Below deck on the R/V Lake Guardian, the largest of the U.S. Environmental Protection Agency’s research vessels, Ann Quinn secured what she could, boxing lab samples as the ship see-sawed through rough water.
The Guardian was caught in a 300-year storm. To the south, in Wisconsin, the governor had declared a state of emergency. Two men had died as water swept over the roads, cutting all access to Ashland. A sheriff’s deputy, his car carried off by the water, had clung to a tree for two hours until rescuers could throw ropes to him.
Quinn, the director of Greener Behrend, would have to ride the storm out. She was four days into the Lake Superior Shipboard Science Workshop, a weeklong education program coordinated by Sea Grant’s Center for Great Lakes Literacy and the EPA. She grabbed a bulkhead for balance.
“In a storm event, the ship’s foghorn blows every seven minutes,” she said. “That night, it was constant, and it went on for hours.”
The storm damaged or destroyed 85 boats, most of which had anchored at Saxon Harbor. The Guardian escaped harm. In the morning, the crew resumed its research; for Quinn, that meant lowering a plankton net, hoping to snare spiny water fleas.
The fleas, which are native to Europe and Asia, were carried into Lake Huron in ballast water in 1984. By 1987, they had spread to all of the Great Lakes, and to the Allegheny River.
A long, barbed tail protects the flea from small fish. Unchallenged, the species has spread, disrupting the lowest levels of the food web. A study of Harp Lake in Ontario linked the flea to a decrease in zooplankton, a crucial food source for young native fish. Anglers complain about the fleas clumping on their lines, forming masses that look and feel like wet cotton.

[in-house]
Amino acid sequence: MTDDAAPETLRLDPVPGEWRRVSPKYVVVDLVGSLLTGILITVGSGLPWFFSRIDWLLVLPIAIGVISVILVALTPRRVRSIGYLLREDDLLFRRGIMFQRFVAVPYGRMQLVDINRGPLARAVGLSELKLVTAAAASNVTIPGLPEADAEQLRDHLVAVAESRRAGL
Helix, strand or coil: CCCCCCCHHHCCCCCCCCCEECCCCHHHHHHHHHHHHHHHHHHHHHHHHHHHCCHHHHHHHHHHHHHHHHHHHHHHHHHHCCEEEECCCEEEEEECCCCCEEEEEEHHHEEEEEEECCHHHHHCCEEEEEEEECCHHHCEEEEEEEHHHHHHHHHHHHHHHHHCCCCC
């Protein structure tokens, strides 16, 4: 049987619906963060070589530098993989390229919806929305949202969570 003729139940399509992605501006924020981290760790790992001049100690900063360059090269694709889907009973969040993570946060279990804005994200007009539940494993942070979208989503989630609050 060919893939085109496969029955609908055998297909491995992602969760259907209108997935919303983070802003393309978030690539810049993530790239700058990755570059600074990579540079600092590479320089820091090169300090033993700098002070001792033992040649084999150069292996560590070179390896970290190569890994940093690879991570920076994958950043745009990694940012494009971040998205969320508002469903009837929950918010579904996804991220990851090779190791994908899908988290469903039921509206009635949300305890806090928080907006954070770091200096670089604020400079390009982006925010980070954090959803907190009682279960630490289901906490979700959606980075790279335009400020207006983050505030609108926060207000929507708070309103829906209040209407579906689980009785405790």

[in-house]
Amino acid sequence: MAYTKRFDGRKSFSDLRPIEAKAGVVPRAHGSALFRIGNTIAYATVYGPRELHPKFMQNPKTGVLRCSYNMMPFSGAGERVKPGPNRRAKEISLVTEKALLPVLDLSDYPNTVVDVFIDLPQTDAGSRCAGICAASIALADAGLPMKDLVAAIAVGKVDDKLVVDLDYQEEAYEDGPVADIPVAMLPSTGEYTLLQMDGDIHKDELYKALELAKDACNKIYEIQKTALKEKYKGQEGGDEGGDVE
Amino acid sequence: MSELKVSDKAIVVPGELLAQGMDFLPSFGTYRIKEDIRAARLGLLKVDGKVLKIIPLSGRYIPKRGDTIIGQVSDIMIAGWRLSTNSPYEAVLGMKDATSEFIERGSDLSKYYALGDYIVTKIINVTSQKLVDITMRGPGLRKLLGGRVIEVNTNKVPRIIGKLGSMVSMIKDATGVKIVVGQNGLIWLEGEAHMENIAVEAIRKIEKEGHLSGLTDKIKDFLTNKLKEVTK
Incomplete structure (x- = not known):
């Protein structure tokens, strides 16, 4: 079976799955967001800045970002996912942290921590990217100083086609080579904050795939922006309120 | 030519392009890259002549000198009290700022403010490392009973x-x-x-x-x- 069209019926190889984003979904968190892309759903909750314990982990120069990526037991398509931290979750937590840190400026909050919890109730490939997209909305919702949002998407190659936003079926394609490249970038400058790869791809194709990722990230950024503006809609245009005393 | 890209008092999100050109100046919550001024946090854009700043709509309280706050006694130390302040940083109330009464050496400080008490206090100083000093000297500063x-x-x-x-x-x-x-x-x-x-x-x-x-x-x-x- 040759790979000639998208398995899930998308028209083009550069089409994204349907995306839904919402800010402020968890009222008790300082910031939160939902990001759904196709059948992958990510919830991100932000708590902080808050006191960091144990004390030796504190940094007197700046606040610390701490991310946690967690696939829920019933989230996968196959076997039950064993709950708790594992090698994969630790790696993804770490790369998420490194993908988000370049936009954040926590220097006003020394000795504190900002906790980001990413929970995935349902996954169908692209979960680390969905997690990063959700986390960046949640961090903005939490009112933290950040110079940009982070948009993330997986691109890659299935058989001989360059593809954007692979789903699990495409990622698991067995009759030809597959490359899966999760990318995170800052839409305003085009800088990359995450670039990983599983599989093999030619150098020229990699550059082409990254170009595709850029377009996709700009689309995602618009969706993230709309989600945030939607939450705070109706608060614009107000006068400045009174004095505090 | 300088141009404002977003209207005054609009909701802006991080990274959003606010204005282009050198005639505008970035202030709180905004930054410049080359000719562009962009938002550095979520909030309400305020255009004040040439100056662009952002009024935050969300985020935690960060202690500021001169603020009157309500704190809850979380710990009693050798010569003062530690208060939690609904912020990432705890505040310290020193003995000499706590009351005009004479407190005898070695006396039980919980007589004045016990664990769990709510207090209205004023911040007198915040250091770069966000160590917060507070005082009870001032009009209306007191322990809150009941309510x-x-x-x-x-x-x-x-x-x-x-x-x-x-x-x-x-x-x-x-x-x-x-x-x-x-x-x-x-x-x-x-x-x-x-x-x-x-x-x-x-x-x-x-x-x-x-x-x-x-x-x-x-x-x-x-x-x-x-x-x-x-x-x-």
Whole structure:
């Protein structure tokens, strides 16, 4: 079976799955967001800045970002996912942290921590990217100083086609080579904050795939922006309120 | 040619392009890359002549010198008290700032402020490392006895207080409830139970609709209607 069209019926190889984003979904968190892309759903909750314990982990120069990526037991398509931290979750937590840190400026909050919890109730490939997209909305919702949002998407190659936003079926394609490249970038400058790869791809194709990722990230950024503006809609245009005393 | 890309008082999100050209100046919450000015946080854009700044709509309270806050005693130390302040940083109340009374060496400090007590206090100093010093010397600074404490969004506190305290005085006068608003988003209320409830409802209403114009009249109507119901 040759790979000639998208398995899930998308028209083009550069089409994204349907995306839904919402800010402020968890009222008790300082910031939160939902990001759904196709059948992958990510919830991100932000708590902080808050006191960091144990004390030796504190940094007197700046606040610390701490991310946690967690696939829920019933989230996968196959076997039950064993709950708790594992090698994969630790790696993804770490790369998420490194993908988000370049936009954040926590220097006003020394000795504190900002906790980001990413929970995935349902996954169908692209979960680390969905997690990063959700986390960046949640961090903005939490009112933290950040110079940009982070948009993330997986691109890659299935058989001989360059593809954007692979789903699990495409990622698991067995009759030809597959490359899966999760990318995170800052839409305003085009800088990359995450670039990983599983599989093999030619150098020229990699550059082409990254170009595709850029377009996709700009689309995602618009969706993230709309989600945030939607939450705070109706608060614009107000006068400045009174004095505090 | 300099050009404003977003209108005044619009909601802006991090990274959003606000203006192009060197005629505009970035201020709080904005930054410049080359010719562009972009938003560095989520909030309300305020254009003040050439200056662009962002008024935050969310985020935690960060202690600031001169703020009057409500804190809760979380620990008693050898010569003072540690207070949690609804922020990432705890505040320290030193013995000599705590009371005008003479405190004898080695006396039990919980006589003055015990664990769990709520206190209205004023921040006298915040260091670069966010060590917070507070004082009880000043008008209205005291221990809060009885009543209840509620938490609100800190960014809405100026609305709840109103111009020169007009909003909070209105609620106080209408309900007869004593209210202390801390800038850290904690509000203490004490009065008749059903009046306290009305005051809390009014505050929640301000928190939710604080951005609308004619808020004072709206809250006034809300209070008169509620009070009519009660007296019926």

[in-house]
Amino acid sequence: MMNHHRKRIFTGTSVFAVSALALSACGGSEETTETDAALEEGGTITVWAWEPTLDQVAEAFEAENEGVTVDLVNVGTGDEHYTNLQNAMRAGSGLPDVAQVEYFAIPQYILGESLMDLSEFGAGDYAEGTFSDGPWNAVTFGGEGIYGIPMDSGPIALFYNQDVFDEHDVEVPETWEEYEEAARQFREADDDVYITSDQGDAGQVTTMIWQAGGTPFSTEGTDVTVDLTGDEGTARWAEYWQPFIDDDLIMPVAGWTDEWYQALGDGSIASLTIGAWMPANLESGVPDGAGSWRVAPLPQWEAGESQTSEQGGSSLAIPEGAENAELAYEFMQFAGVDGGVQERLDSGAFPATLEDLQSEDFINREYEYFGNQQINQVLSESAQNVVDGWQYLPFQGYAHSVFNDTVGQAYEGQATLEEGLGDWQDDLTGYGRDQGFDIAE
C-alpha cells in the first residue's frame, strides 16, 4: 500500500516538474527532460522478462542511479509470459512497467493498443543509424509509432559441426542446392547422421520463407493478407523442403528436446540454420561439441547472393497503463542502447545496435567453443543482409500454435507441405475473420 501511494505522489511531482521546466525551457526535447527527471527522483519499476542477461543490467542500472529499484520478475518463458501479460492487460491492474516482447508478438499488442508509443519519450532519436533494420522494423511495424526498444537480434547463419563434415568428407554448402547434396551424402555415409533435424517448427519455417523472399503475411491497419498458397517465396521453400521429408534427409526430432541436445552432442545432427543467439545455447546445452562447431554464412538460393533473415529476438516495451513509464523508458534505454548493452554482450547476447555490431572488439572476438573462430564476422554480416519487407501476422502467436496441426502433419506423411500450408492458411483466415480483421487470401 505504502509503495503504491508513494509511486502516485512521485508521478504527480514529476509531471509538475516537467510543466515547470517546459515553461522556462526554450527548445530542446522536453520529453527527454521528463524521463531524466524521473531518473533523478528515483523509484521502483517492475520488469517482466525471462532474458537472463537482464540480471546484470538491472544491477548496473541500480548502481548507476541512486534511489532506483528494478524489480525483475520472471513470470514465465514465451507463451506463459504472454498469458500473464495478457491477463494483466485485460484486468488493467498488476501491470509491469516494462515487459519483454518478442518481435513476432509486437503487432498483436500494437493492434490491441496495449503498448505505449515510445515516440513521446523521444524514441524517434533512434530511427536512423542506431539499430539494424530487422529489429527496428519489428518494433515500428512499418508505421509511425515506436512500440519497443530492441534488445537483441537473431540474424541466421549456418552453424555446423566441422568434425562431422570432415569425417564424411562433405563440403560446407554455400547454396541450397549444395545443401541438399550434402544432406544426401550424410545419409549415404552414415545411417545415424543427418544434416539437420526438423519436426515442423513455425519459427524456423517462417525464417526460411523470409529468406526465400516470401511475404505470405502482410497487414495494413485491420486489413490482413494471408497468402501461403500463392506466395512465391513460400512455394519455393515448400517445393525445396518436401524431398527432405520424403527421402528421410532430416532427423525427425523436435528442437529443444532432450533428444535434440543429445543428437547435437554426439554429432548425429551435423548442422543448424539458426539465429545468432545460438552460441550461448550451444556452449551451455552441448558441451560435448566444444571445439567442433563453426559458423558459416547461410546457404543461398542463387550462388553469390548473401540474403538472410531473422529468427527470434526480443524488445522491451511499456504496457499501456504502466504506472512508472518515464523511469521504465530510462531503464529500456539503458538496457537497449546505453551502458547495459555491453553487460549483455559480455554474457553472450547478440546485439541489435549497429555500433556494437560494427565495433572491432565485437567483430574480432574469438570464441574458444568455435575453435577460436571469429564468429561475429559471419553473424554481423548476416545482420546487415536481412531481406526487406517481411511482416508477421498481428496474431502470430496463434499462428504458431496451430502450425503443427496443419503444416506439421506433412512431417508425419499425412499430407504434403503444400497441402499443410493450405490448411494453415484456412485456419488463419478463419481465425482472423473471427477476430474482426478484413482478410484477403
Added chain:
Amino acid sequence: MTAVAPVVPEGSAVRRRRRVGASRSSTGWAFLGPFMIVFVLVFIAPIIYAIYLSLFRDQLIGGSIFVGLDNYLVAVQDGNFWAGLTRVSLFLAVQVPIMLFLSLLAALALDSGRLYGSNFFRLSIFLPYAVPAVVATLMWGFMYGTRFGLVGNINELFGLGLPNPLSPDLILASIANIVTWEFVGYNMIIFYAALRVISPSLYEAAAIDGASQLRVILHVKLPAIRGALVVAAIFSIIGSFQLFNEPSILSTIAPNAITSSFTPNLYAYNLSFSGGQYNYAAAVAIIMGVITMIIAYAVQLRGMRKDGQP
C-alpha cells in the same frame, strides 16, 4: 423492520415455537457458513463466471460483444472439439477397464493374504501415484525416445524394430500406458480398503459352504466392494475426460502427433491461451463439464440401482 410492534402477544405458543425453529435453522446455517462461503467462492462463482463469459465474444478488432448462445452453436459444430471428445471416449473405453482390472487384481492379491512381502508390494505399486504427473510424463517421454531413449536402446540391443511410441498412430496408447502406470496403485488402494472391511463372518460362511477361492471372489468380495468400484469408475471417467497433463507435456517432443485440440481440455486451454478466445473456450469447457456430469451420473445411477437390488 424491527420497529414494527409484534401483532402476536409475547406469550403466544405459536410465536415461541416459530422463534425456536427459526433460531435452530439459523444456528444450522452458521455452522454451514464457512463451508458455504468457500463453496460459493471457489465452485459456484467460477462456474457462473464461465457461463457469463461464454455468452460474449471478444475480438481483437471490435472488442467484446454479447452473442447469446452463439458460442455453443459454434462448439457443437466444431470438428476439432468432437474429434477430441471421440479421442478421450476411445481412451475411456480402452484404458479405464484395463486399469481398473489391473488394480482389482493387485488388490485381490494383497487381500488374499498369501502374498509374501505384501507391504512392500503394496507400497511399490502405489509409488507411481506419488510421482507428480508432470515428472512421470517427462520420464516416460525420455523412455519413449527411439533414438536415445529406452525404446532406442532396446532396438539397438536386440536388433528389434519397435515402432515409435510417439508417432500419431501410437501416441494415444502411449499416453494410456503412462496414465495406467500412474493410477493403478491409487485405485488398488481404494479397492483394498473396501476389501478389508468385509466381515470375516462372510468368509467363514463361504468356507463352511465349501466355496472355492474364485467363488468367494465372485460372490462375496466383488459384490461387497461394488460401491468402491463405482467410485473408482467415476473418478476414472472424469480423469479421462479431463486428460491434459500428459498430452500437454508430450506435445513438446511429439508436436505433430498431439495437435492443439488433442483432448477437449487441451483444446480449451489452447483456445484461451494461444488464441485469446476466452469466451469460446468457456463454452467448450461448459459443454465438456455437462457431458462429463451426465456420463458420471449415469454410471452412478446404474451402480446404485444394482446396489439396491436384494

Other researchers on the Guardian analyzed the lake’s water quality and clarity and searched for invertebrates that live in sediment on the lake’s floor. They used a PONAR, a tethered metal claw that clamped shut on lake sediment, which was filtered and rinsed on the ship’s deck, and a Rosette, a wire cage holding 12 cylinders that collected water samples at different depths.
“A lot of workshops are kind of fluff and talk,” said Lori Danz, a high school biology teacher from Wisconsin. “This was different. This was gritty and hands-on and ‘get in there and learn.’”
The group also visited the Stamp sands on the Keweenaw Peninsula, a four-mile stretch of blackened beach. Stamp sand is a byproduct of copper ore processing: Mine operators used stamp mills to crush rock and extract copper, then deposited what remained in or near the water’s edge. Much of it has since washed onto the Keweenaw, coating the shore with a black sand that contains arsenic and other heavy metals.
“It looked like the surface of the moon,” Quinn said. “There’s just a long stretch of black beach, totally devoid of life.”
The Guardian’s shipboard-science trips are designed to build a teaching and research network of Great Lakes educators. Quinn used data from the trip in a presentation at the annual conference of AASHE, the Association for the Advancement of Sustainability in Higher Education. With Marti Martz, a senior outreach specialist at Pennsylvania Sea Grant, she is now training Penn State Behrend students to serve as Great Lakes watershed stewards, leading hands-on ecology lessons in schools across Erie County.
“Those stewards will go out to K-12 classrooms and build awareness about our watershed,” Quinn said. “One of the tools we’re developing is a water filter, which will show how pollutants and unwanted substances can be removed from the Great Lakes. When you see that, and you watch it happen, you really do understand why this matters.”